Tom Green Delivers

Formerly to mailboxes, now for clients

Published in 2024 Kentucky Super Lawyers magazine

By Susan Wenner Jackson on December 28, 2023

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Growing up in a single-parent home in the small town of McDonald, Ohio, Tom Green had few white-collar role models. Factory work and truck driving—those were the familiar career paths.
But he had a goal, inspired by a favorite teacher: to attend college and become a high school English teacher.

“I paid my own way, and as a result, it took me a little longer,” he says. “I finished up in my fifth year, and in the summer between my fourth and fifth years I secured a position at a nearby post office in Niles, delivering mail for the summer.”

When Green went back to school, he thought his mail-delivering days were over. But that fall, the postmaster at his hometown post office—where Green’s great-aunt worked—reached out to see if he could work part-time during the holiday season. Green figured he could make some extra money before starting his student teaching, the last step in earning his education degree.

Then, after Green graduated from Youngstown State University in March, the postmaster in nearby Girard offered him a job delivering mail, just to tide him over until teaching positions opened up later in the summer.

“I thought, yeah, sure, why not?” he recalls.

It lasted longer than he anticipated. Though he had enjoyed student-teaching, Green found it was hard to give up his post office gig for a lower-paying teaching role. He ended up working full time as a letter carrier from 1993 until 1999.

Green spent part of that time serving as a union shop steward for the National Association of Letter Carriers Branch 385. He was tasked with enforcing the collective bargaining agreement at his branch on behalf of his fellow letter carriers.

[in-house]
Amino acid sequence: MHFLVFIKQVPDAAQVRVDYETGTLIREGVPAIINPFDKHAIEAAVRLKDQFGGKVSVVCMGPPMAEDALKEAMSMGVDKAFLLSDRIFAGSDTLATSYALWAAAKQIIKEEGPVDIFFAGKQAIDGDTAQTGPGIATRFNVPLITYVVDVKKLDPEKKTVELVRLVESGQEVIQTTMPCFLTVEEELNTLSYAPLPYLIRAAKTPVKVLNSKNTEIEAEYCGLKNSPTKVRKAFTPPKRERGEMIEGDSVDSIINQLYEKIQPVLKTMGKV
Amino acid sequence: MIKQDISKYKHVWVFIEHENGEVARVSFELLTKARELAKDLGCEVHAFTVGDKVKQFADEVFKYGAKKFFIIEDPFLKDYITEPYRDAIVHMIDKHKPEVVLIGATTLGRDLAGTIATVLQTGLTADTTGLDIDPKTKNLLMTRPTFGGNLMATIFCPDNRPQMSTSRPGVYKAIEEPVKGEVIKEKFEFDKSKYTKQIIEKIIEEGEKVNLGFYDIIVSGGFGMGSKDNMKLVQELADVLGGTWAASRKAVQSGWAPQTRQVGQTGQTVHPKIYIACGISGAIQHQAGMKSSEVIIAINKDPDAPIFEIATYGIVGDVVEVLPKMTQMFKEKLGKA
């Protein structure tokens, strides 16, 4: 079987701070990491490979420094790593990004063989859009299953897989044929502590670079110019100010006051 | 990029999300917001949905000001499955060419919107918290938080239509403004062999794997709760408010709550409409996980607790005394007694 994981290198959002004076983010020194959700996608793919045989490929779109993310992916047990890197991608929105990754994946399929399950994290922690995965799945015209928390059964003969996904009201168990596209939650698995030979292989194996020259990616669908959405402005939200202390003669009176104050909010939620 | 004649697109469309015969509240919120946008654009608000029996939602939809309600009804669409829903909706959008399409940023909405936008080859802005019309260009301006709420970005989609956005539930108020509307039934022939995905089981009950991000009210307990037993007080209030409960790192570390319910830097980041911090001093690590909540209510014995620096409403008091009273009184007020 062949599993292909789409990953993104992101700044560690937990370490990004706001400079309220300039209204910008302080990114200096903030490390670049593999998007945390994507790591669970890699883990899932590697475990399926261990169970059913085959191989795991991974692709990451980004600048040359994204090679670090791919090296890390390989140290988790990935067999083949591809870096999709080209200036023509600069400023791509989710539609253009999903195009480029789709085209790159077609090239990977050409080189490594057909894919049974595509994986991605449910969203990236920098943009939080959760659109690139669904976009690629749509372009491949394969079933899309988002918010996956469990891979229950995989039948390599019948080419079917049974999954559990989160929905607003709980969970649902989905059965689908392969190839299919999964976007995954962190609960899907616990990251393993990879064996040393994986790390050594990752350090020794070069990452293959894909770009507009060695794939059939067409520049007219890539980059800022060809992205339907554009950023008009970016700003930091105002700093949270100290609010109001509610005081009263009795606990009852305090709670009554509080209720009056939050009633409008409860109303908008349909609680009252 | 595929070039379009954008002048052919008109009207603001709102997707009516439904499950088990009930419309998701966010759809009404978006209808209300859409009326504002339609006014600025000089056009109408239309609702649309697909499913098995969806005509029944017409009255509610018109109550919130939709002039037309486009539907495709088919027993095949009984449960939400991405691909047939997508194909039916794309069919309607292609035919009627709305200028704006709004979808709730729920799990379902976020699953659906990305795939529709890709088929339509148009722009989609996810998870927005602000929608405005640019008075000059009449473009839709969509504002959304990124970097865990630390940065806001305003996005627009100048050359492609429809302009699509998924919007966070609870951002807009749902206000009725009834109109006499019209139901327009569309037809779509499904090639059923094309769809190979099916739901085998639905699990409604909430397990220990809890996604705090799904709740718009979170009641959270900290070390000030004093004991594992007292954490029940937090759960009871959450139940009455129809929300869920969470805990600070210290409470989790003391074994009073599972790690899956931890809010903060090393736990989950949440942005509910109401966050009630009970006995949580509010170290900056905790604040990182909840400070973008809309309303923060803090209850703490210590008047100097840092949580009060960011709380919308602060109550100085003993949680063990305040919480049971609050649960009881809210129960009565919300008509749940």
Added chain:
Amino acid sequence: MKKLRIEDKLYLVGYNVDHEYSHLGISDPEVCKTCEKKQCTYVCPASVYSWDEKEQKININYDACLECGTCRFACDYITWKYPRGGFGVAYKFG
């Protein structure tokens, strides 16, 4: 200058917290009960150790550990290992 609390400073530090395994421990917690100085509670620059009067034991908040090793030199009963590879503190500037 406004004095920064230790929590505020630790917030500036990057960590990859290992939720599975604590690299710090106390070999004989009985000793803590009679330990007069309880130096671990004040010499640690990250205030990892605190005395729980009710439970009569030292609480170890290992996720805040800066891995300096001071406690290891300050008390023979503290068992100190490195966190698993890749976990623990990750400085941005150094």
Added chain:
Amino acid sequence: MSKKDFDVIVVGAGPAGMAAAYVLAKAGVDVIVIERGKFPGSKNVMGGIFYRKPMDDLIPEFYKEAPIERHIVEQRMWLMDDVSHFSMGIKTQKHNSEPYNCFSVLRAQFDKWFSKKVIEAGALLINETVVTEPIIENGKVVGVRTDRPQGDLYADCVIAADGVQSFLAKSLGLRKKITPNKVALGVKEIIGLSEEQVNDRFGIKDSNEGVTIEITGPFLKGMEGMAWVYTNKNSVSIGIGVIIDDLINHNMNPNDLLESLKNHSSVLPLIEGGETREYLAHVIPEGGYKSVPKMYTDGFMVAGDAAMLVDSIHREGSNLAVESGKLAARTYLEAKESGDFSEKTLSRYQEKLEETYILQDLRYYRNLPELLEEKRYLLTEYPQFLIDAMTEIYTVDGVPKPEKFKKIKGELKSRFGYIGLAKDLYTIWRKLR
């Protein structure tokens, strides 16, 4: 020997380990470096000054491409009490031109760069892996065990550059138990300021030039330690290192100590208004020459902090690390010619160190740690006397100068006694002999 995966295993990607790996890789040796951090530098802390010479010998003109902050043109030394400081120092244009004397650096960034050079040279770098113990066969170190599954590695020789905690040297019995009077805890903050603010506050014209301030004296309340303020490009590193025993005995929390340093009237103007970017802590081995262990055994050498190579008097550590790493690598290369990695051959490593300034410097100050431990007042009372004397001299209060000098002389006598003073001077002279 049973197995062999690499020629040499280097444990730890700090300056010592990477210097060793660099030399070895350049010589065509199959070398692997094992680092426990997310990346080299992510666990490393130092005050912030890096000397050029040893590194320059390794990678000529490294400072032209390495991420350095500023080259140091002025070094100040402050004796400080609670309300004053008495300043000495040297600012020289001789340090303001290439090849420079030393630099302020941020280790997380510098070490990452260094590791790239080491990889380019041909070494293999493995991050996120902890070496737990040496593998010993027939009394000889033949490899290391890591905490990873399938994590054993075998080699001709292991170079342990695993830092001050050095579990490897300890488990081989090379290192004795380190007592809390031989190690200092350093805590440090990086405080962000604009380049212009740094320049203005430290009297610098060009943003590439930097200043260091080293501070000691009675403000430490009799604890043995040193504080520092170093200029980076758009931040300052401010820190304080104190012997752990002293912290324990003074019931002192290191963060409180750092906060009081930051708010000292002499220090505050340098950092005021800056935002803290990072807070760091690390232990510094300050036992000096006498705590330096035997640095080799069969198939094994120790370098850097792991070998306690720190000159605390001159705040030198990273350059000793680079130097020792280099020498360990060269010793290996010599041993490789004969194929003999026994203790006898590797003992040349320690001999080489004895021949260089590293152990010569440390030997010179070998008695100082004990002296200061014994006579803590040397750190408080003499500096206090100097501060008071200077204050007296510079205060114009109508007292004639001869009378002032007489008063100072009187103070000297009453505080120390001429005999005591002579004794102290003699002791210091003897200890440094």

In late 1998, a friend who noticed Green didn’t seem to be enjoying his job asked if he had considered going back to school. The friend thought law school would be a good fit. Green was 28—which meant he would have to work at the USPS another 27 years before he was eligible to retire. “That would have been like my whole lifetime over again,” he says. “It seemed like a long time.”

But he wasn’t sure he was cut out to be a lawyer. After finding out all he needed were a four-year degree and a passing LSAT score, he took the leap and applied to a few schools within driving distance. When an acceptance letter arrived from Cleveland State University College of Law, he turned in his mailbag.
In his second year of law school, he heard about an internship at a new Akron firm focusing on labor and employment law.

Kastner Westman & Wilkins turned out to be a good fit. Green clerked there, then joined as an associate in 2002. He’s now a shareholder and a state Bar-certified specialist in labor and employment law.
Though he represents employers in his practice, Green says his years spent as a blue-collar worker give him a unique perspective on workplace law issues. 

“I’ve never met a lawyer who worked full time at the post office before going to law school,” he says with a laugh.

With the postal union, Green had to be on the lookout for violations of the collective bargaining agreement from an employee perspective. Today, his job is to help employers “stay compliant and out
of trouble,” as he puts it. He especially enjoys it when clients bring him their “people problems” to solve—each one a unique puzzle.

“It’s a real privilege to be called upon when a business has a problem or a difficult situation that they’re dealing with. And they say, ‘Let’s call Tom Green and see what he thinks.’ I still get a kick out of that.”


The COVID Challenge

For Green, the COVID-19 pandemic became a career-defining moment—a minefield for employers that morphed on a daily basis. From mask requirements to vaccine mandates, remote work to the Americans with Disabilities Act, the pandemic presented challenges for employers, who called on Green to help them deal with the new landscape.

“That was the first time in my career when clients—some with stay-at-home orders that varied state by state; in some cases, county by county—were calling at all times, including on the weekends. These orders could be issued on a Sunday morning. The client would hear of it, they’d read it over, and they’d say to themselves, ‘Are we allowed to open for business?’ And then they’d call me.

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